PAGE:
I’d rather do so on honest terms. If I am going to give my time away, I’d rather do so honestly, knowing what I am giving. Getting jerked around for months with cascading requests for this, that and the other thing feels a lot like getting conned.
Comments (2)
Posted on September 13, 2013 at 6:05 pm by Michael L. Moscowitz
SPD
The bottom line is that Hartford has absolutely no respect for the private bar. And John Day is in a position in which he has zero experience at and is paid over $120,000.00. His experience is 9 years juv public defender

Posted on September 7, 2013 at 11:15 am by Windypundit
Business as Usual
Norm, just keep plugging away at it. I spent almost 20 years working for companies that do government contracting, and this kind of thing is pretty normal.

My guess is that much of the problem is that you just jumped in and did the work. That's a great work ethic for a defense lawyer, but it confuses things for the staff. The process is supposed to follow a prescribed order, probably something like (1) apply to be an approved vendor, (2) get approved as a vendor, (3) the contract department solicits bids for the job, (4) you make a proposal for the job, (5) you win the proposal, (6) they issue you a contract, (7) you agree to the contract, (8) they issue you a purchase order, (9) you do the work, (10) you submit invoices, (11) they pay you.

You jumped in right at step 9, and now you're trying to do 10 and 11, but the state clerical staff has to go back and reconstruct the paperwork for the first 8 steps (or document the reasons for exemptions) You may have done what they told you to do, and they may do this for every SPD lawyer, but behind the scenes all of this has to happen. And since you've already done the work, they're in no hurry. (And you're right, in addition to being ordinary red tape, this is also a way to delay paying.)

I'm not sure how this fits with your kind of work, but the thing most government contractors learn to do is to make sure all of this is done up-front. Your point-of-contact, the person who actually wants you to do the job, will get very frustrated, but they know how this works, and they will have to live with it. If they need you really bad, they can walk it through the process pretty quickly. Your goal is to get a purchase order number (or whatever final document indicates that everything is in place for Accounts Payable to start sending you checks, because getting paid is the goal). Just stand fast and refuse to do any billable work until that happens.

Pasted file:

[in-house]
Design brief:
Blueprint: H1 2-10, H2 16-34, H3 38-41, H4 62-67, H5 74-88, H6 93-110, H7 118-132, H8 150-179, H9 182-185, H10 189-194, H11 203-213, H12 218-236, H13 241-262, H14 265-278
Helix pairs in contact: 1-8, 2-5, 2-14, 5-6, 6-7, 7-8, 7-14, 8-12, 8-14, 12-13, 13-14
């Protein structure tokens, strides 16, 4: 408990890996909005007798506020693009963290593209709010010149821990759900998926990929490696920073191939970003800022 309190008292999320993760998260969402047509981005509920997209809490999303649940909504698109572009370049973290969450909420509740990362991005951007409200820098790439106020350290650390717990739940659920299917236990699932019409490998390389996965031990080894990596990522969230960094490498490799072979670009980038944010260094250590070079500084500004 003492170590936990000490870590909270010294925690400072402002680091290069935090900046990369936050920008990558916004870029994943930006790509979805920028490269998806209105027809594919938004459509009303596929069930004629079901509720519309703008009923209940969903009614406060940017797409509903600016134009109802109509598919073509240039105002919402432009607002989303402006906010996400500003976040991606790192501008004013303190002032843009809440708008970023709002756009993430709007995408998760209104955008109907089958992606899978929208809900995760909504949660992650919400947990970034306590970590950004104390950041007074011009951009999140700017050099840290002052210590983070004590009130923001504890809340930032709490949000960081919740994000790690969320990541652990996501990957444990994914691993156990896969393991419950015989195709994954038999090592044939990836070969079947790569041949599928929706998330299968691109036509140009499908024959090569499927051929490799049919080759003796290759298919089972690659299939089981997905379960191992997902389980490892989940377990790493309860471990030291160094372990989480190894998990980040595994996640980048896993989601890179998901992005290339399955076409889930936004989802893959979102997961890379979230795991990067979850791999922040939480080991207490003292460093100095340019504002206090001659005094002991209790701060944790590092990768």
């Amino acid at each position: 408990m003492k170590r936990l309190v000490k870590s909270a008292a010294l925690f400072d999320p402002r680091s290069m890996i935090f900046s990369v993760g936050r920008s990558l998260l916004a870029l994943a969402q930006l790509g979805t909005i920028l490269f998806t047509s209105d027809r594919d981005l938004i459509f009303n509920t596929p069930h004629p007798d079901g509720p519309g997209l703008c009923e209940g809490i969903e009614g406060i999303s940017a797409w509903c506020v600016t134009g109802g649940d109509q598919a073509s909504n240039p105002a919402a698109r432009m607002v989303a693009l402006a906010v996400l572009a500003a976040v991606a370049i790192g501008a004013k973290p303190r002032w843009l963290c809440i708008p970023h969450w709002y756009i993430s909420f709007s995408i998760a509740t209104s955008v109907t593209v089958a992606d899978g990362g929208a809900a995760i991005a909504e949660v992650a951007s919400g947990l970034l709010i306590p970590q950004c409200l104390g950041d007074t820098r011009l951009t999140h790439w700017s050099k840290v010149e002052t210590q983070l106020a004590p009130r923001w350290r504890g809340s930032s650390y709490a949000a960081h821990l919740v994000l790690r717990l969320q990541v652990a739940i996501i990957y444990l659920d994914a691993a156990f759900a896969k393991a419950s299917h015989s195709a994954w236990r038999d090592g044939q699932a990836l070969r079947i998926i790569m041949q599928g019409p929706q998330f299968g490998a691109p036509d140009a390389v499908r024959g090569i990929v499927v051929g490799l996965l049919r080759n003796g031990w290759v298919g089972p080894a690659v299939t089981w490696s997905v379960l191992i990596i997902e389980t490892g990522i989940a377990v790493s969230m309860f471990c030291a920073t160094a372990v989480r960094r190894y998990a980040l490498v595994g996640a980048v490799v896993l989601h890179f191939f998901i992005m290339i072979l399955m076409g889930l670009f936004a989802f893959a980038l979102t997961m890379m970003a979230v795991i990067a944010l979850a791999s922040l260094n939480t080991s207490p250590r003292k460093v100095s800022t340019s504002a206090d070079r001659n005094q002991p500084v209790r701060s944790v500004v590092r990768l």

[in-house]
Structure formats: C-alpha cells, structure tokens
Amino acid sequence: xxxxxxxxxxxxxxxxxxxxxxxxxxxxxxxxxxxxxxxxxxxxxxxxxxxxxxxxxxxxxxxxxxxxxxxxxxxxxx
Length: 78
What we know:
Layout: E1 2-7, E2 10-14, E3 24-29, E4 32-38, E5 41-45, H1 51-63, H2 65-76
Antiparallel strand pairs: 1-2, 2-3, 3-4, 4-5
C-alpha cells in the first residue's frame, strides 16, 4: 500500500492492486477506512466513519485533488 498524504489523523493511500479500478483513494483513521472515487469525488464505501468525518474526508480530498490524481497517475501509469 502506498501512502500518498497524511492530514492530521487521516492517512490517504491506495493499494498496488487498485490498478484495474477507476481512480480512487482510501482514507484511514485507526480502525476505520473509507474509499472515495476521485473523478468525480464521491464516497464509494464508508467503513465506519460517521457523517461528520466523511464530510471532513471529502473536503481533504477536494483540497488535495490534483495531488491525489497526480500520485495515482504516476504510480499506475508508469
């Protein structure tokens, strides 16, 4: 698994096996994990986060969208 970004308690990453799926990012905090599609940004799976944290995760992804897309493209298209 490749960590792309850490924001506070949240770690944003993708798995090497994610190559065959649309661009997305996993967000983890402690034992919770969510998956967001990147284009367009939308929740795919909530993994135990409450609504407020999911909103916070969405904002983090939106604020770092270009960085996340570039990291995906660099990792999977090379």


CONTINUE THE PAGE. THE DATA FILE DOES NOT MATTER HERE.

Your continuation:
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About Norm Pattis

Norm Pattis is a Connecticut based trial lawyer focused on high stakes criminal cases and civil right violations. He is a veteran of more than 100 jury trials, many resulting in acquittals for people charged with serious crimes, multi-million dollar civil rights and discrimination verdicts, and scores of cases favorably settled.

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I believe that the state is a necessary fiction and that failing to combat it is the first step toward tyranny.
– Norm Pattis

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Nothing in this blog should be considered legal advice about your case. You need a lawyer who understands the context of your life and situation. What are offered here are merely suggested lines of inquiry you may explore with your lawyer.